Rollers

12 species

The rollers are a family of Old World birds that gained their name because of the aerial acrobatics some of these birds perform during courtship or territorial flights. Rollers resemble crows in size and build, and share the colorful appearance of kingfishers and bee-eaters. They are mainly insect eaters, with some species taking their prey on the wing, and others diving from a perch to catch food items from on the ground. Rollers are monogamous and nest in an unlined hole in a tree or in masonry, and lay 2-4 eggs in the tropics, 3-6 at higher latitudes. The eggs hatch after 17-20 days, and the young remain in the nest for approximately another 30 days.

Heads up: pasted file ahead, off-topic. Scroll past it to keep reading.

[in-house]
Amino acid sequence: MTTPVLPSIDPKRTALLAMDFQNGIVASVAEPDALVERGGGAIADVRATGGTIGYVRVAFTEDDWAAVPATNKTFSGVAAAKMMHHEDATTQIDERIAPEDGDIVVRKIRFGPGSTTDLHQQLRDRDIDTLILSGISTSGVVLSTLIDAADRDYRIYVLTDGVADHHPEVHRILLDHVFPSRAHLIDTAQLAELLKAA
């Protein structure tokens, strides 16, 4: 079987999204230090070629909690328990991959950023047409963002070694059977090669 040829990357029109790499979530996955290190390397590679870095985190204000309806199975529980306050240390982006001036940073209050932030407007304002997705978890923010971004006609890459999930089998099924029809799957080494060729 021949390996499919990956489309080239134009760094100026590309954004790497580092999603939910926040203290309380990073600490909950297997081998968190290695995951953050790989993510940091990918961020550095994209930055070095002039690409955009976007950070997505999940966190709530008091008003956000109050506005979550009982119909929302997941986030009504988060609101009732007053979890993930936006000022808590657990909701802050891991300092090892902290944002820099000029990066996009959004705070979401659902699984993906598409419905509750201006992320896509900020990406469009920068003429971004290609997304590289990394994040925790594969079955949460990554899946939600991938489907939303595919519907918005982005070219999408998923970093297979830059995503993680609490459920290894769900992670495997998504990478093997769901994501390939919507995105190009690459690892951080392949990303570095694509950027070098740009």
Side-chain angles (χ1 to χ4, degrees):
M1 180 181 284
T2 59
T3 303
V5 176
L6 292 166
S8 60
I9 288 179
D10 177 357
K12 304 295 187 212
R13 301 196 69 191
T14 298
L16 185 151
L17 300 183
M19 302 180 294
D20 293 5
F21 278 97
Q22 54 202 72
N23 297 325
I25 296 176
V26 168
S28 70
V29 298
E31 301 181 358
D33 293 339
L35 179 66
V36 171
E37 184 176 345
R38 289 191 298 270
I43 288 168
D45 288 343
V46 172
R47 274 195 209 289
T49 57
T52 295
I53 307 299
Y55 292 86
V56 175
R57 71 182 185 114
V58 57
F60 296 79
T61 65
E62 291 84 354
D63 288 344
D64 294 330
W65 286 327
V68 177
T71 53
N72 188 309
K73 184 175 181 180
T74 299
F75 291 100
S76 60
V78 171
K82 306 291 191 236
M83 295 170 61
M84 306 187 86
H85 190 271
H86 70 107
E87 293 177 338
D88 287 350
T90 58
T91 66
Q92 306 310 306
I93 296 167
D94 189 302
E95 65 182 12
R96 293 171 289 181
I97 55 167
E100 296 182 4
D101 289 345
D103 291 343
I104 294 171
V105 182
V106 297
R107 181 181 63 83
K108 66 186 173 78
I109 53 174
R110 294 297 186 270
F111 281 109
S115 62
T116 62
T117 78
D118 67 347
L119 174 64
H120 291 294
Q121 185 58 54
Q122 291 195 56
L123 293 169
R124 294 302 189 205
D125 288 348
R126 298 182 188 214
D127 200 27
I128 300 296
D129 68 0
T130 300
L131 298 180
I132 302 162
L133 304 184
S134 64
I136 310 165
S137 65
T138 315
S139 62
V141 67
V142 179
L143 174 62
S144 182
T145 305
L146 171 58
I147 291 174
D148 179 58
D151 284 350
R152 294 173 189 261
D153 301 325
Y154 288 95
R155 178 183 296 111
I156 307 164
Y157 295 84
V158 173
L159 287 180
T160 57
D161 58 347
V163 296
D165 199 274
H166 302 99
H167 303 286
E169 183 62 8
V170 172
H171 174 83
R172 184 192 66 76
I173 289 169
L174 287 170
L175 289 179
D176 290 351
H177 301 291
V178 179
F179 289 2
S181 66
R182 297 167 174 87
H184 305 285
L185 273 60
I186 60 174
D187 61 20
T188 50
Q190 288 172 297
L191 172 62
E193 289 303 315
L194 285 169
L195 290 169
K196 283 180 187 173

The rollers are a family of Old World birds that gained their name because of the aerial acrobatics some of these birds perform during courtship or territorial flights. Rollers resemble crows in size and build, and share the colorful appearance of kingfishers and bee-eaters. They are mainly insect eaters, with some species taking their prey on the wing, and others diving from a perch to catch food items from on the ground. Rollers are monogamous and nest in an unlined hole in a tree or in masonry, and lay 2-4 eggs in the tropics, 3-6 at higher latitudes. The eggs hatch after 17-20 days, and the young remain in the nest for approximately another 30 days.